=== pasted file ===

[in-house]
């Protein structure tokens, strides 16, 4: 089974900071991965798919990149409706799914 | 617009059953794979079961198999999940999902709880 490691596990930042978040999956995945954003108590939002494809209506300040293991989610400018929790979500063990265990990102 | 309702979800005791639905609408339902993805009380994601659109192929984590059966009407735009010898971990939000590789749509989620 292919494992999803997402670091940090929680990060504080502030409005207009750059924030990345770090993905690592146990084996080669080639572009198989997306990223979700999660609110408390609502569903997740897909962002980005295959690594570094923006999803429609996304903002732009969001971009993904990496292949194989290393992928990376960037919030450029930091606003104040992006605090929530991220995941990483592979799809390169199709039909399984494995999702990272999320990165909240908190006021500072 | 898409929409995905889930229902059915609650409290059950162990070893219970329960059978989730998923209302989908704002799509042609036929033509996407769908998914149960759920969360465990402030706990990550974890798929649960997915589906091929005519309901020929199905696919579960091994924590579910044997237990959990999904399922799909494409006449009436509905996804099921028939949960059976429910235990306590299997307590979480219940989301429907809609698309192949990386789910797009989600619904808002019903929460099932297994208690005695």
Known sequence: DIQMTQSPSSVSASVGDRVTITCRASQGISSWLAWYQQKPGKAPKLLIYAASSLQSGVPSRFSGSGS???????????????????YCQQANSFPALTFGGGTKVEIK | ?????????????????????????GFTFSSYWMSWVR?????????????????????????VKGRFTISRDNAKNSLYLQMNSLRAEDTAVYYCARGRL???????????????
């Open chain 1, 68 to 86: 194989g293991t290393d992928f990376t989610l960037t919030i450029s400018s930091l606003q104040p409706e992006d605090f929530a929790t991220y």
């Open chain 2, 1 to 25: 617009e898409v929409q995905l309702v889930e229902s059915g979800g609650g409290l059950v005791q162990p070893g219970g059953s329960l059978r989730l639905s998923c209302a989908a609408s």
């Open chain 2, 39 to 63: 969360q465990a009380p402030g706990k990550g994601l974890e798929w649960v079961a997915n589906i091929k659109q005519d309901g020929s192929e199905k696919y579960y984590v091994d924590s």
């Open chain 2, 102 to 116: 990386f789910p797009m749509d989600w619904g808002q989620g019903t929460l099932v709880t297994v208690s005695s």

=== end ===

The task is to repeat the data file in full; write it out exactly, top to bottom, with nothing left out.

[in-house]
């Protein structure tokens, strides 16, 4: 089974900071991965798919990149409706799914 | 617009059953794979079961198999999940999902709880 490691596990930042978040999956995945954003108590939002494809209506300040293991989610400018929790979500063990265990990102 | 309702979800005791639905609408339902993805009380994601659109192929984590059966009407735009010898971990939000590789749509989620 292919494992999803997402670091940090929680990060504080502030409005207009750059924030990345770090993905690592146990084996080669080639572009198989997306990223979700999660609110408390609502569903997740897909962002980005295959690594570094923006999803429609996304903002732009969001971009993904990496292949194989290393992928990376960037919030450029930091606003104040992006605090929530991220995941990483592979799809390169199709039909399984494995999702990272999320990165909240908190006021500072 | 898409929409995905889930229902059915609650409290059950162990070893219970329960059978989730998923209302989908704002799509042609036929033509996407769908998914149960759920969360465990402030706990990550974890798929649960997915589906091929005519309901020929199905696919579960091994924590579910044997237990959990999904399922799909494409006449009436509905996804099921028939949960059976429910235990306590299997307590979480219940989301429907809609698309192949990386789910797009989600619904808002019903929460099932297994208690005695």
Known sequence: DIQMTQSPSSVSASVGDRVTITCRASQGISSWLAWYQQKPGKAPKLLIYAASSLQSGVPSRFSGSGS???????????????????YCQQANSFPALTFGGGTKVEIK | ?????????????????????????GFTFSSYWMSWVR?????????????????????????VKGRFTISRDNAKNSLYLQMNSLRAEDTAVYYCARGRL???????????????
């Open chain 1, 68 to 86: 194989g293991t290393d992928f990376t989610l960037t919030i450029s400018s930091l606003q104040p409706e992006d605090f929530a929790t991220y």
């Open chain 2, 1 to 25: 617009e898409v929409q995905l309702v889930e229902s059915g979800g609650g409290l059950v005791q162990p070893g219970g059953s329960l059978r989730l639905s998923c209302a989908a609408s």
């Open chain 2, 39 to 63: 969360q465990a009380p402030g706990k990550g994601l974890e798929w649960v079961a997915n589906i091929k659109q005519d309901g020929s192929e199905k696919y579960y984590v091994d924590s």
């Open chain 2, 102 to 116: 990386f789910p797009m749509d989600w619904g808002q989620g019903t929460l099932v709880t297994v208690s005695s």